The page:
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Posted June 26, 2013 in Community Featured
Jim Sulser with his 1928 Model A Ford.

Jim Sulser with his 1928 Model A Ford.

When he was a teenager, Jim Sulser went to a car show in Mexico, Mo., and fell in love with early automobiles.

Soon after, he bought the body of a 1928 Model A Ford two-door sedan.

“At the time when I bought this car in ’78, I would have been 18,” Sulser says. “Most kids my age were like, ‘What do you want that for?’ ”

It took him about four years to restore the car the first time. He was moving around a lot back then, and before it was done he had worked on it in 13 different garages.

Sulser painted the Model A brown, drove it for 10 years and put 50,000 miles on it.

Then he decided to put in a new motor, a goal that ended up sidelining the car for about 20 years. When he had the car apart, he decided to change the suspension so it would ride more smoothly. Then he started to think of more and more changes he would like to make.

Pretty soon the whole project was put on the back burner while he was raising a family. Sulser gathered parts for it over the years, but little else.

In 2011, he decided to get the car going again and got down to the business of rebuilding it. This time he picked the color he had always wanted for it: black, with red trim.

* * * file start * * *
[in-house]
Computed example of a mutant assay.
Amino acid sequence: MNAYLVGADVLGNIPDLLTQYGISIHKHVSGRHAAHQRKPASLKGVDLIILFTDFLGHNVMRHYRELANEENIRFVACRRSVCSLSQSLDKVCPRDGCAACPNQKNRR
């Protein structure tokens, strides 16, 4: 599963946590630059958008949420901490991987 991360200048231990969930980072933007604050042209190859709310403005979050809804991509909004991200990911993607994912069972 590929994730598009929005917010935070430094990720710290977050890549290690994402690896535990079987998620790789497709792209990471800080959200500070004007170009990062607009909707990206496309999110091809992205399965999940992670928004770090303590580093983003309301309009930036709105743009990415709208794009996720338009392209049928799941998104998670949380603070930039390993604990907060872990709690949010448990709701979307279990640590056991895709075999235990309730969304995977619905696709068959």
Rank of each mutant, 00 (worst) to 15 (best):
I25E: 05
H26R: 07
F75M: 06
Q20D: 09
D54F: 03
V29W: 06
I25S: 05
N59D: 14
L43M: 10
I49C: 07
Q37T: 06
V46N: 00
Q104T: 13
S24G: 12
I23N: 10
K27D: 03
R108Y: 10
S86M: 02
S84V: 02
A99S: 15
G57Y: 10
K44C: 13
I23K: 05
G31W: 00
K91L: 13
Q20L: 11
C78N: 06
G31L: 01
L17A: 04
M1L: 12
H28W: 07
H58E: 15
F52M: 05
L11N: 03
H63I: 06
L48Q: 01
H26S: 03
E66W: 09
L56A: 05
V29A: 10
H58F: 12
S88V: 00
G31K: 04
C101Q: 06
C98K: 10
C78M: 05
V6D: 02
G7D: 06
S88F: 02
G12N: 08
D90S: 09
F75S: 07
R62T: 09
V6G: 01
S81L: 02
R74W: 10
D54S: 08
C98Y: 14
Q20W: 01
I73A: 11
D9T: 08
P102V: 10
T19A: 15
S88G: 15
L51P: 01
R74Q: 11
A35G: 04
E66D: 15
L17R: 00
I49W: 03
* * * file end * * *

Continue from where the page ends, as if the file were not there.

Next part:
“I had a bunch of people that thought I had a different car, it changed so much,” he says.

One of the challenges with a Model A was that it originally would have come with a cloth top. Sulser fashioned a roof for the car from a 1987 Ford Bronco II. The 454 Chevy engine is exposed for looks, but also because cars that old did not have much room for a radiator.

Sulser says he gets the car out and drives it in the summer. He takes it to some shows, but mostly just enjoys driving it. He is currently working on restoring another vehicle.

Sulser says he gets lots of comments from older people who would have seen this type of car on the road.

“I’ve just always enjoyed the old cars,” he says. “They all looked different. Some of the newer ones, they kind of get to looking alike, but the old ones are all different.”

Contact Darren at 515-953-4822 ext. 304 or to recommend someone for an upcoming issue of “What’s In Your Garage?”

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